Contrasting Traditional & High Performance Organizations

High Performance

In last month’s newsletter I introduced the differences between traditional and high performance organizations. I want to continue that theme today.

I define a high performance company as "an organization that achieves outstanding results by making each person a contributing partner in the business." I want to point out that the goal of high performance is "outstanding results," as defined by a variety of performance measures. Employees as contributing partners are a means to this end and not the end in and of itself. However my experience, as well as research, show that a critical factor in creating and sustaining outstanding results over time is to create a positive work culture in which teams of people (at all levels) are meaningfully engaged in their work, understand the business, and are empowered with full responsibility for their success. The purpose of implementing high performance is to create the conditions in which this can occur.


The following chart illustrates many of the differences between a traditional and high performance organization.



Internally focused.

Customer focused.

Top-down control, bureaucratic structure.

Autonomous, self-regulating work units.

Planning and coordination done by management.

Planning and coordination done by work teams.

Specialization and narrowly defined jobs.

Jobs are broadly defined and employees possess multiple skills.

Unclear processes and procedures.

Documentation and clarity of core processes and procedures.

Rigidity: there is one single best way to do a job,

Flexibility: many ways to achieve same level of performance.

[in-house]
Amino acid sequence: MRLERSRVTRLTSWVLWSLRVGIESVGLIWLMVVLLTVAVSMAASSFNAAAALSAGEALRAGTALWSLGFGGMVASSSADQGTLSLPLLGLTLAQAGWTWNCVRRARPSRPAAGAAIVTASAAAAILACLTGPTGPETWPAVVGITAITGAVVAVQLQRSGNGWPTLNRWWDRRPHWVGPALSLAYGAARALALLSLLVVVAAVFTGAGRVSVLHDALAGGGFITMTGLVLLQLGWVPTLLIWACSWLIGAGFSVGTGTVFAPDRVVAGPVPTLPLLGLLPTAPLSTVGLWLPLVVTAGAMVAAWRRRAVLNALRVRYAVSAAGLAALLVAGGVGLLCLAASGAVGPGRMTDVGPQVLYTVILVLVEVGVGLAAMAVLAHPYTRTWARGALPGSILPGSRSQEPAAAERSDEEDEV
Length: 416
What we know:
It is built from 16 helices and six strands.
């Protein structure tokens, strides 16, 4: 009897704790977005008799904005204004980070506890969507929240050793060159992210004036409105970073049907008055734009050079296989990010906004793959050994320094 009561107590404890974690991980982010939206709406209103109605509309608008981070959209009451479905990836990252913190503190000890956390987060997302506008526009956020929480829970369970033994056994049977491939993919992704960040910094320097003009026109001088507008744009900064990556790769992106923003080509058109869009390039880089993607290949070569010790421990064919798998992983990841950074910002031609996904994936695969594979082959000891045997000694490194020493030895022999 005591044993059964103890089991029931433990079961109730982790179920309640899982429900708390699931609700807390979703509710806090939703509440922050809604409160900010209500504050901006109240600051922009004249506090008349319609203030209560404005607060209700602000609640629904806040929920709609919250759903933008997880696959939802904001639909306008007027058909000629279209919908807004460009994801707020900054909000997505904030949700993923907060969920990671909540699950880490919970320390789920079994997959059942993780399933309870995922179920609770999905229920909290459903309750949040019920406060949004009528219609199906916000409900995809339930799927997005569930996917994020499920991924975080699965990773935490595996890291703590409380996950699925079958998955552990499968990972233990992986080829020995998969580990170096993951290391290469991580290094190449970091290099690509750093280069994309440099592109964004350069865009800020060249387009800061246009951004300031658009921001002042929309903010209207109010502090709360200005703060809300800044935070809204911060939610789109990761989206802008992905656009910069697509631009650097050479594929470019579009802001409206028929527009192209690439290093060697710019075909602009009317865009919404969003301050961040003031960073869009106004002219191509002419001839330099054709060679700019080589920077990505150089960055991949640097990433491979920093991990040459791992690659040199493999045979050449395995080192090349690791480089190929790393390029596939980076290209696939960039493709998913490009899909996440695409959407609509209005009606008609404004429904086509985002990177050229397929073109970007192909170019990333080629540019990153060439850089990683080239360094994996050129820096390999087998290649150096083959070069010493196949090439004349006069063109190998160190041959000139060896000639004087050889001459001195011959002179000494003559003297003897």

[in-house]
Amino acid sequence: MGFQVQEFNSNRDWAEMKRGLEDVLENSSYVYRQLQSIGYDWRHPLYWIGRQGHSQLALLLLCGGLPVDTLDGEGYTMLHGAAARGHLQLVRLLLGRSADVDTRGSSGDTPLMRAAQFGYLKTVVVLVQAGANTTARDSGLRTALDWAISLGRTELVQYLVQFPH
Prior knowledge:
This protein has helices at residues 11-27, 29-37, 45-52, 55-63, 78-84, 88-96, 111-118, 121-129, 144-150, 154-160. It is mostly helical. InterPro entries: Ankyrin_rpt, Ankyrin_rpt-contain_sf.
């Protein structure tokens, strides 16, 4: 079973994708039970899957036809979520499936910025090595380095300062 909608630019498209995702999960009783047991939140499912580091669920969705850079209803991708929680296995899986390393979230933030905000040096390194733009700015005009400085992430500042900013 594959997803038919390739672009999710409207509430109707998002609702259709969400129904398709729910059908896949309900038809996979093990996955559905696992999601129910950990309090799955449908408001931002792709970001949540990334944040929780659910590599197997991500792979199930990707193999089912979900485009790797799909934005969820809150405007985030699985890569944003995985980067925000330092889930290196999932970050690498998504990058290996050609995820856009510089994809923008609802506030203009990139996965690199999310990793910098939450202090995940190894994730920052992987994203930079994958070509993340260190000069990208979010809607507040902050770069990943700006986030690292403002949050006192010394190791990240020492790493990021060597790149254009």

Uniform and strictly enforced policies. Do things by the book.

Minimum of rules. Values and common sense govern behavior.

Department boundaries determined by  function (e.g. Engineering, Manufacturing, etc.)

Department boundaries determined to leverage competitive advantage (task inter-relationship, customer, product or process focused).

Training focuses on technical skills.

Training focuses on total employee development (e.g. business understanding, teamwork, etc.)

Rewards based on individual performance.

Rewards based on contributions to effectiveness of team.

Employee viewed as tools of management.

Employees viewed as partners.

Alienated and unhappy employees accepted as given of industrial life.

Quality of life of employees is imperative to company.

In reality, high performance is not "either/or" but a continuum. Any organization will fall at different points along this continuum. So, it’s most helpful to evaluate where you believe you are along each of the dimensions. If you were to think of each dimension along a ten point scale with 0 at the far left of the table, 10 at the far right and 5 in the middle (between traditional and high performance), how would you rate your organization in each dimension. Let me encourage you to take some time to do this.

There are 12 dimensions so the closer you are to 120 in your score the more high performing you are. I’d say that scores above 90 are clearly moving in the direction of high performance. Scores below 60 tend towards a traditional organization with anything below 30 being very traditional.

An even better way to do the rating is to involve a team of people (either your work team or even a cross functional team of people throughout the organization). Involving more people will not only broaden your perspective but engage others in a dialogue about what you have to do to be a high performing organization.

In today’s fast changing business environment, companies that learn how to harness the collective genius of their people will race ahead of their competitors. The following steps provide a structured process to help leaders develop their human resources.

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